Performance Evaluation of Field-Oriented Control of Star

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Journal of Power Electronics, Vol. ??, No. ?, pp. ?-?,MonthYear1
http://dx.doi.org/10.6113/JPE.2014.14.1.???
ISSN(Print): 1598-2092 / ISSN(Online): 2093-4718
JPE ??-?-?
Performance Evaluation of Field-Oriented Control of
Star-Connected 3-Phase Induction Motor Drives
under Stator Winding Open-Circuit Fault
Mohammad Jannati*, Nik Rumzi Nik Idris†, and Mohd Junaidi Abdul Aziz*
*†
UTM-PROTON Future Drive Laboratory, Faculty of Electrical Engineering, Universiti Teknologi Malaysia, Johor
Bahru, Malaysia
Abstract
A method for fault-tolerant vector control of star-connected 3-phase Induction Motor (IM) drive system based on Field-Oriented
Control (FOC) is proposed in this paper. This method enables the control of a 3-phase IM upon an open-phase failure in one of its
phases without the need of control structure changes to the conventional FOC algorithm. The proposed drive system significantly
reduces the speed and torque pulsations, which are caused by an open-phase fault in the stator windings. The performance of the
proposed method was verified using MATLAB (M-File) simulation as well experimental tests on a 1.5kW 3-phase IM drive system.
This paper experimentally compares the operation of proposed fault-tolerant vector controller and conventional vector controller
during open-phase fault.
Keywords: Fault-tolerant control, Field-Oriented Control, Speed and torque pulsations, Star-connected, Stator winding
open-circuit fault, 3-phase induction motor drive
I.
INTRODUCTION
Field-Oriented Control (FOC) technique for 3-phase
Induction Motors (IMs) is widely adopted by industries to
obtain high performance of 3-phase IM drive systems.
Conventional FOC algorithm, which is used for healthy
3-phase IM drives, cannot be used for a faulty 3-phase IM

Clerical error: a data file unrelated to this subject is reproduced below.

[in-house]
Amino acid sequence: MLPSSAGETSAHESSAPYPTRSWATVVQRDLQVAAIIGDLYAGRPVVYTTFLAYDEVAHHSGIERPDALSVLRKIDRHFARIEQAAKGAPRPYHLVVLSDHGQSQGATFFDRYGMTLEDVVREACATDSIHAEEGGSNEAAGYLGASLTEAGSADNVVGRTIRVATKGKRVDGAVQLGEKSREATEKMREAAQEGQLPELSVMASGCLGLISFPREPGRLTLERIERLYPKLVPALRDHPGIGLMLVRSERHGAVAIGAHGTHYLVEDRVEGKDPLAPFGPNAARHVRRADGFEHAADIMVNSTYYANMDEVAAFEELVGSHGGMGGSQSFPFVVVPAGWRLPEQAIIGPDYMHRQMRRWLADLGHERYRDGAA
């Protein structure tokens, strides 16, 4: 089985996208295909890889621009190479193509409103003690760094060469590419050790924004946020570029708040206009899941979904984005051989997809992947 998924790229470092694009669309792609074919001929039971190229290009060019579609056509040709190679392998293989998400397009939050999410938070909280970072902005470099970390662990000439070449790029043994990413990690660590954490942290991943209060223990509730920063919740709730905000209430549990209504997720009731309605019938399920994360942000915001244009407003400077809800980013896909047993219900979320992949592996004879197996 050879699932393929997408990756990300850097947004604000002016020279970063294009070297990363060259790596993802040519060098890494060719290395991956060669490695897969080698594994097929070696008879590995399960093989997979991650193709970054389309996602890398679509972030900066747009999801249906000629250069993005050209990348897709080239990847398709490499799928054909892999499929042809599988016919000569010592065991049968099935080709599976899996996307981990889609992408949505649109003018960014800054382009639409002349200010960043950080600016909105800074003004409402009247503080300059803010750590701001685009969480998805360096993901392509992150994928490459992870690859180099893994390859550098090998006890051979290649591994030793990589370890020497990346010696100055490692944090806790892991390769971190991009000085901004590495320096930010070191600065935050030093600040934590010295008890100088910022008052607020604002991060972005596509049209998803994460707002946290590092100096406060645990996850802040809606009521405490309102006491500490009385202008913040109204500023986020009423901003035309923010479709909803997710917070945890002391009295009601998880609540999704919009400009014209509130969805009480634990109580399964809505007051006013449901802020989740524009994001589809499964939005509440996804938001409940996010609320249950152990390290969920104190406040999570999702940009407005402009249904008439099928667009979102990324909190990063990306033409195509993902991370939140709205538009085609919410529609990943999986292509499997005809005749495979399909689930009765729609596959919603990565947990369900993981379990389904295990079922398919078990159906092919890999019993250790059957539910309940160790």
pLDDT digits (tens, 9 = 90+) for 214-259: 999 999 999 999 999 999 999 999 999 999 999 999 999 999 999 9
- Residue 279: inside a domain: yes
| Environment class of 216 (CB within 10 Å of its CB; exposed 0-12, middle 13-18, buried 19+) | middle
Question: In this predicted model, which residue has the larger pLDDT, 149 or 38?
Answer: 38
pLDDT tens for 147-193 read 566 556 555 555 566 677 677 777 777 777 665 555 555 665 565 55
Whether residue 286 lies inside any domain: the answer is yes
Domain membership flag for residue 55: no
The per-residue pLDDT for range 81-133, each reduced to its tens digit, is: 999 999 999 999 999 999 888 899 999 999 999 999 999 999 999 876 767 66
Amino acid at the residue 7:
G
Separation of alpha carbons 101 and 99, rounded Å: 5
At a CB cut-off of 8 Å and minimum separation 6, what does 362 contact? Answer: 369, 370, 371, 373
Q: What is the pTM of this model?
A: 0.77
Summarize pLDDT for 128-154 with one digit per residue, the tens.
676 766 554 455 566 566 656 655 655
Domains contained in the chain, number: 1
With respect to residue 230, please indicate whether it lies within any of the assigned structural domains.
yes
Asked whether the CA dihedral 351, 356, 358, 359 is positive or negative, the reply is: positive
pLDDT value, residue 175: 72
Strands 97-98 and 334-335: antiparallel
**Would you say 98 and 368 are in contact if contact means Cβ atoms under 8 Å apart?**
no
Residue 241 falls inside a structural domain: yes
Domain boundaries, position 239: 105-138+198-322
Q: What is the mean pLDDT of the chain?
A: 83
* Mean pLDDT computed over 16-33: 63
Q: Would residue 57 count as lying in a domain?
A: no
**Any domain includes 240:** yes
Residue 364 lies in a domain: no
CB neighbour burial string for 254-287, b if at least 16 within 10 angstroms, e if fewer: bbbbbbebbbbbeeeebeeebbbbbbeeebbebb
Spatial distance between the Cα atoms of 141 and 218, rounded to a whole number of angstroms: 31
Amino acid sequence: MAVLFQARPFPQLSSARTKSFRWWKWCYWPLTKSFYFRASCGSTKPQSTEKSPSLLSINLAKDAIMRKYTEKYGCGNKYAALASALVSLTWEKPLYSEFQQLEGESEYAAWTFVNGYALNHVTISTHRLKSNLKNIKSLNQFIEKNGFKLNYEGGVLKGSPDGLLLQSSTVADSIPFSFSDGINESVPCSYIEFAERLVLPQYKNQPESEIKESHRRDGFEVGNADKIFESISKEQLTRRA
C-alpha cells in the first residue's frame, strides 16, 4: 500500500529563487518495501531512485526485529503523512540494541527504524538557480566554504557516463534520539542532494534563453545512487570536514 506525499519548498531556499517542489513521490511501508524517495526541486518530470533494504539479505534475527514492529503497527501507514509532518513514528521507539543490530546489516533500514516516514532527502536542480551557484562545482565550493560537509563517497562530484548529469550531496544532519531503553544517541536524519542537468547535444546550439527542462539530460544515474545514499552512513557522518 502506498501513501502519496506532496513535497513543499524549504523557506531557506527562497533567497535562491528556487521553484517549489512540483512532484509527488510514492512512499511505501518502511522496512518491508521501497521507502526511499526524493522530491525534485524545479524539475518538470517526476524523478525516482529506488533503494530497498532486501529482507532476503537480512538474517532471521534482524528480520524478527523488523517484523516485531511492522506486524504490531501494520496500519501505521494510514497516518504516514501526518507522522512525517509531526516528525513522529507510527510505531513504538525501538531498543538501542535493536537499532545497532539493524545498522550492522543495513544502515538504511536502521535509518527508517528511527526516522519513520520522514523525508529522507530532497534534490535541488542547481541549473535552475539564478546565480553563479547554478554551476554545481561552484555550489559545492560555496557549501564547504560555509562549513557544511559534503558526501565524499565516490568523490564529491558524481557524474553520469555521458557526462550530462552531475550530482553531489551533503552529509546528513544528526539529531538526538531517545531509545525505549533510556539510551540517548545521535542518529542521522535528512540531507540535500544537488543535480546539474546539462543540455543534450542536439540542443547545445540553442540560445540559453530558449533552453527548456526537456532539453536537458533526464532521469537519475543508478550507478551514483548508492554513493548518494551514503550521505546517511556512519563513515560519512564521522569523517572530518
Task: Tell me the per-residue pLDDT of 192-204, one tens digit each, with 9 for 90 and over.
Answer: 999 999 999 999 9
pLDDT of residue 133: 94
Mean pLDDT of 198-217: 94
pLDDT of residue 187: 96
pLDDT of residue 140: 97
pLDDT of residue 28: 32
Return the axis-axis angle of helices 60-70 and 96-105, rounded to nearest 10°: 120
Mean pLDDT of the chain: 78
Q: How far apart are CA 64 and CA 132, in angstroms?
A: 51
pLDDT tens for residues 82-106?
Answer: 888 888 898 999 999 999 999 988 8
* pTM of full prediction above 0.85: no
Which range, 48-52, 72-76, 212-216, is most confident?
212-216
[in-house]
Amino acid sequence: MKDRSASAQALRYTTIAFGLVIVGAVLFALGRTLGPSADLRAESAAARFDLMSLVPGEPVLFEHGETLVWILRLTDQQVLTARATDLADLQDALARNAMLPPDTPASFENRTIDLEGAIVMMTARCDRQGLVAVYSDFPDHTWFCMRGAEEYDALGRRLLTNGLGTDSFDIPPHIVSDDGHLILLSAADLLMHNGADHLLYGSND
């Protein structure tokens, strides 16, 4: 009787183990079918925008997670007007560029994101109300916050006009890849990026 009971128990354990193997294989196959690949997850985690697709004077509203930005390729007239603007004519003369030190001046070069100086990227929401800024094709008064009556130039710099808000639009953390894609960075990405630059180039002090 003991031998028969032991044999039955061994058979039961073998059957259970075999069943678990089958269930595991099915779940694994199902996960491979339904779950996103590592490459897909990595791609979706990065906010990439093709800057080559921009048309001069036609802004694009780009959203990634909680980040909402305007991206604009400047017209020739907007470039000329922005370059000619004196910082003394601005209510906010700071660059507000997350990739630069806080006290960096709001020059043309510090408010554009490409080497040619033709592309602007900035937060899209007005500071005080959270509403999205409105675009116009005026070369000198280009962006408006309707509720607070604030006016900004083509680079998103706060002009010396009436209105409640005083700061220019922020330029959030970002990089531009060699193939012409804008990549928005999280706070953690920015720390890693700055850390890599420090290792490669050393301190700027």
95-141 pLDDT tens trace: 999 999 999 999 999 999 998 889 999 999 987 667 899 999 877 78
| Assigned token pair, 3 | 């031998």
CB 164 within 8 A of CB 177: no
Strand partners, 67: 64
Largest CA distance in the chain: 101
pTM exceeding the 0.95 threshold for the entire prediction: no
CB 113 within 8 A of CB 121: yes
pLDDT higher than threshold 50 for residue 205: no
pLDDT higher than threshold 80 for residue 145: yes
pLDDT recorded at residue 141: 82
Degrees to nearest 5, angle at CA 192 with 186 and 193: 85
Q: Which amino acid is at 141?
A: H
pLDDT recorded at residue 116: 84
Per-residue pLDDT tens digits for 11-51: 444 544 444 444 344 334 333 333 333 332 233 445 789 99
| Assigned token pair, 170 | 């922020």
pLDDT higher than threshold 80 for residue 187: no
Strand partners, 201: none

drive due to the fact that the conventional FOC is designed
based on a healthy machine model [1]. Using conventional
FOC for faulty 3-phase IM drives will degrade the dynamic
performance of the drive system. In this regard, it is necessary
to design a drive system that provides robustness against the
fault conditions [1]-[5].
Generally, 3-phase IM drives are exposed to various failures;
failures in the in the inverter [6], [7], failures in the mechanical
or electrical sensors [5], [8] and failures related to electrical
motor including faults in the stator [1], [9] and/or faults in the
Manuscript received Month. Date, Year; acceptedMonth. Date, Year
Recommended for publication by Associate Editor Gil-Dong Hong.
CorrespondingAuthor:[email protected]
Tel: +82-2-554-0185,Fax: +82-2-554-0186, Hangook University
*
Department of Electrical and Computer Engineering, Illinois Institute of
Technology, U.S.A.
**
School of Electrical Engineering, Hangook University, Seoul, Korea
†
Fig. 1. Classification of faults in squirrel-cage 3-phase IM drive.
rotor [10], [11]. Fig. 1 shows the classification of faults in
squirrel-cage 3-phase IM drives. In some critical applications,
the operation of the drive system cannot be interrupted by
faulty conditions mainly for safety reasons. Thus, for these
applications, fault-tolerant control is essential. Based on this
classification of faults, various fault-tolerant control methods
have been suggested in the literature, including passive and
active methods. A passive method can be ensured by
conventional robust control methods such as H∞ [12], [13].
Despite the robustness of this method against disturbances, its
© 2014 KIPE
2Journal of Power Electronics, Vol. ??, No. ?, Month Year
performance under healthy conditions is not optimized. In an
active method after fault detection and fault diagnostic, a new
set of control parameters or a new control structure is applied
[1]-[5] and [14]-[20]. This method has good performances
under both healthy and faulty conditions. However, it requires
a different control algorithm under faulty conditions.
A large number of studies have been conducted on the
implementation of vector control techniques for electrical
machines under stator open-circuit fault [1]-[4] and [14]-[20].
Most of the pervious works have focused on developing vector
control methods of faulty Permanent Magnet Synchronous
Motors (PMSMs) and multi-phase IMs (five and six phases)
[14]-[17]. In [18], [19] the analysis of the star-connected
3-phase IM in the open-phase fault indicates that, to
compensate torque pulsations, odd harmonic voltages of the
magnitude and phase angle can be injected at the machine
terminal. In [3], [20], vector and scalar control methods to
control delta-connected 3-phase IM drive under stator winding
open-phase fault based on current controller has been proposed
and implemented. Modeling and FOC of a star-connected
3-phase IM under open-phase fault using current controller
have also been presented in [4]. In this work, using suitable
transformation matrix for stator current variables, a new model
of IM is adopted during faulty conditions. This method is only
verified by some simulation tests. Moreover, the use of current
controller introduces problems under light load conditions,
which can be an important issue for vector control of